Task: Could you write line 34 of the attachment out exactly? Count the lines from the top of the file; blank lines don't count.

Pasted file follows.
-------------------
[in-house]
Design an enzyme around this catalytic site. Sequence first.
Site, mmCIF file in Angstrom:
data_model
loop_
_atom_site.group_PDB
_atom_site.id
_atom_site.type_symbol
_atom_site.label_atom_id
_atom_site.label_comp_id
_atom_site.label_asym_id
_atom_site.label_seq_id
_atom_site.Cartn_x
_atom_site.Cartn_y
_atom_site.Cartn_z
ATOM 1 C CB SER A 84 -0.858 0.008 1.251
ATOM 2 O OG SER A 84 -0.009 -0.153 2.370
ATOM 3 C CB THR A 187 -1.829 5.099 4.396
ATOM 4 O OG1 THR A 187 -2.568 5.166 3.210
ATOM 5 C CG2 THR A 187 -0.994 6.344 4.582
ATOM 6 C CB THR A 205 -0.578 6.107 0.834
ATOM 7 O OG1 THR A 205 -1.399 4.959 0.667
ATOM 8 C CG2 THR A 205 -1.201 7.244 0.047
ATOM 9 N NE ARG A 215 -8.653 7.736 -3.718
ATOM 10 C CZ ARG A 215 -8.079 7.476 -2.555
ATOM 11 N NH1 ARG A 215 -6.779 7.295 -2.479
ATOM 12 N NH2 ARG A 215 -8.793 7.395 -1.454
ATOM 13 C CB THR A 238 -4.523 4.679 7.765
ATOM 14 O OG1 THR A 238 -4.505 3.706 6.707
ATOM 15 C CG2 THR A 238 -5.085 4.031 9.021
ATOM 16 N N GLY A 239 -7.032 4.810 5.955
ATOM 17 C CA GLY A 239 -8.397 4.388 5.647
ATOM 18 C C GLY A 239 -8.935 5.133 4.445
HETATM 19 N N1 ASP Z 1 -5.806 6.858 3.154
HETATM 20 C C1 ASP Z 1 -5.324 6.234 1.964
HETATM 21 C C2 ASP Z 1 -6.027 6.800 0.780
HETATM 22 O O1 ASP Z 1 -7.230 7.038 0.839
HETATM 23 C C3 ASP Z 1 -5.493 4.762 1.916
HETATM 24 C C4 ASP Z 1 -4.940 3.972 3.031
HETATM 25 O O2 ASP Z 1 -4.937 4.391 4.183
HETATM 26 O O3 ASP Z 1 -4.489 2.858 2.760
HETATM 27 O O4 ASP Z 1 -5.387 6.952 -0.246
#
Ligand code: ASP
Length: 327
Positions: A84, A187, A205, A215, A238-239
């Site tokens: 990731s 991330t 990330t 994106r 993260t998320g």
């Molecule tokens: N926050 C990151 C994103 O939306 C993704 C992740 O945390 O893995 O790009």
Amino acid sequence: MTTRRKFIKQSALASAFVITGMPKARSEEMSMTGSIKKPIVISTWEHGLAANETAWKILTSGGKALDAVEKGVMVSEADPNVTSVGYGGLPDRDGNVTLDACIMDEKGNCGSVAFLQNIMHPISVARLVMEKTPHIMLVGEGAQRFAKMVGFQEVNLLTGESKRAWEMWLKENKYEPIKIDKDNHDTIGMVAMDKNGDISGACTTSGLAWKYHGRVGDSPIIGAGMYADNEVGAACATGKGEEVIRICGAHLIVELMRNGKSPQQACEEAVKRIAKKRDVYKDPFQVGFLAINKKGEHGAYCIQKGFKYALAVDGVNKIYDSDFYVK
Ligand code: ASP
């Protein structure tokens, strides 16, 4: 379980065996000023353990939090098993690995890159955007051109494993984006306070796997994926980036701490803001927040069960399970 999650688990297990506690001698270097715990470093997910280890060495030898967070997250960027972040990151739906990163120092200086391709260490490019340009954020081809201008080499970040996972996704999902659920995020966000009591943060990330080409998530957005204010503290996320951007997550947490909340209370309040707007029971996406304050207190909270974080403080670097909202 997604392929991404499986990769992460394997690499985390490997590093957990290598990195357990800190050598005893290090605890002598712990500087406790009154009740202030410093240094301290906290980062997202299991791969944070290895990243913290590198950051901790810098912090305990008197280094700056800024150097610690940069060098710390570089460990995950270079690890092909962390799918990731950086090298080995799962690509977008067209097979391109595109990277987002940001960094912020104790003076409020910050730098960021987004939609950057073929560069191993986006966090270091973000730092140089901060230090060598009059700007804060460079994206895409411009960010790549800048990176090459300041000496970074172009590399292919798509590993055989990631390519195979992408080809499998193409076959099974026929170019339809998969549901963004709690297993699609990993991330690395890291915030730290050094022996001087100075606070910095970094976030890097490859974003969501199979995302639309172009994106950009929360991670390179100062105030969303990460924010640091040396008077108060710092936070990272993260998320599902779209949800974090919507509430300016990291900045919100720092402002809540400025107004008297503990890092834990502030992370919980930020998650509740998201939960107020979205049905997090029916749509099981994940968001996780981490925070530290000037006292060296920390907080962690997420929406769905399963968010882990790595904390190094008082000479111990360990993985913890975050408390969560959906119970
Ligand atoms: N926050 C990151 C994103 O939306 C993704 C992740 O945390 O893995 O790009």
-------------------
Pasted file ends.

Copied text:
HETATM 19 N N1 ASP Z 1 -5.806 6.858 3.154